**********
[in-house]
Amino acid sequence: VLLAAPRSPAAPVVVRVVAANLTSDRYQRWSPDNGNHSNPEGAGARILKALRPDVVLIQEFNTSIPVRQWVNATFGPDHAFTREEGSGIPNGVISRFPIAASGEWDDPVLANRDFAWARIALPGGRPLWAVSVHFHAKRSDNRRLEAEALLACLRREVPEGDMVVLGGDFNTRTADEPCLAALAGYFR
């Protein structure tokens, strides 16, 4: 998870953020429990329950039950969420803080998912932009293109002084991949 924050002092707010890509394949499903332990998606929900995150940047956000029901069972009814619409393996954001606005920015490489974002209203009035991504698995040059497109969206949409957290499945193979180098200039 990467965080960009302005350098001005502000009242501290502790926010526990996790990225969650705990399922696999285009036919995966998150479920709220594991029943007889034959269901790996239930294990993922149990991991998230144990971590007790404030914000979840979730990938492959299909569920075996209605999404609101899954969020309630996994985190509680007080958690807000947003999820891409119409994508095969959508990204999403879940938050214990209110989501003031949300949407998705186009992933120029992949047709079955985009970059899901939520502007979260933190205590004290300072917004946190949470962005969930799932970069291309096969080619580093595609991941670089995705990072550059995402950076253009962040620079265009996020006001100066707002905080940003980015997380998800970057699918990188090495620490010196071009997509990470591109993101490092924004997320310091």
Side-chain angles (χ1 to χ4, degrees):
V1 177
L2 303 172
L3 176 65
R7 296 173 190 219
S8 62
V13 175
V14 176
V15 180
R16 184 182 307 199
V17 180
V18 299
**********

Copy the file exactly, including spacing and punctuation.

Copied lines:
[in-house]
Amino acid sequence: VLLAAPRSPAAPVVVRVVAANLTSDRYQRWSPDNGNHSNPEGAGARILKALRPDVVLIQEFNTSIPVRQWVNATFGPDHAFTREEGSGIPNGVISRFPIAASGEWDDPVLANRDFAWARIALPGGRPLWAVSVHFHAKRSDNRRLEAEALLACLRREVPEGDMVVLGGDFNTRTADEPCLAALAGYFR
């Protein structure tokens, strides 16, 4: 998870953020429990329950039950969420803080998912932009293109002084991949 924050002092707010890509394949499903332990998606929900995150940047956000029901069972009814619409393996954001606005920015490489974002209203009035991504698995040059497109969206949409957290499945193979180098200039 990467965080960009302005350098001005502000009242501290502790926010526990996790990225969650705990399922696999285009036919995966998150479920709220594991029943007889034959269901790996239930294990993922149990991991998230144990971590007790404030914000979840979730990938492959299909569920075996209605999404609101899954969020309630996994985190509680007080958690807000947003999820891409119409994508095969959508990204999403879940938050214990209110989501003031949300949407998705186009992933120029992949047709079955985009970059899901939520502007979260933190205590004290300072917004946190949470962005969930799932970069291309096969080619580093595609991941670089995705990072550059995402950076253009962040620079265009996020006001100066707002905080940003980015997380998800970057699918990188090495620490010196071009997509990470591109993101490092924004997320310091």
Side-chain angles (χ1 to χ4, degrees):
V1 177
L2 303 172
L3 176 65
R7 296 173 190 219
S8 62
V13 175
V14 176
V15 180
R16 184 182 307 199
V17 180
V18 299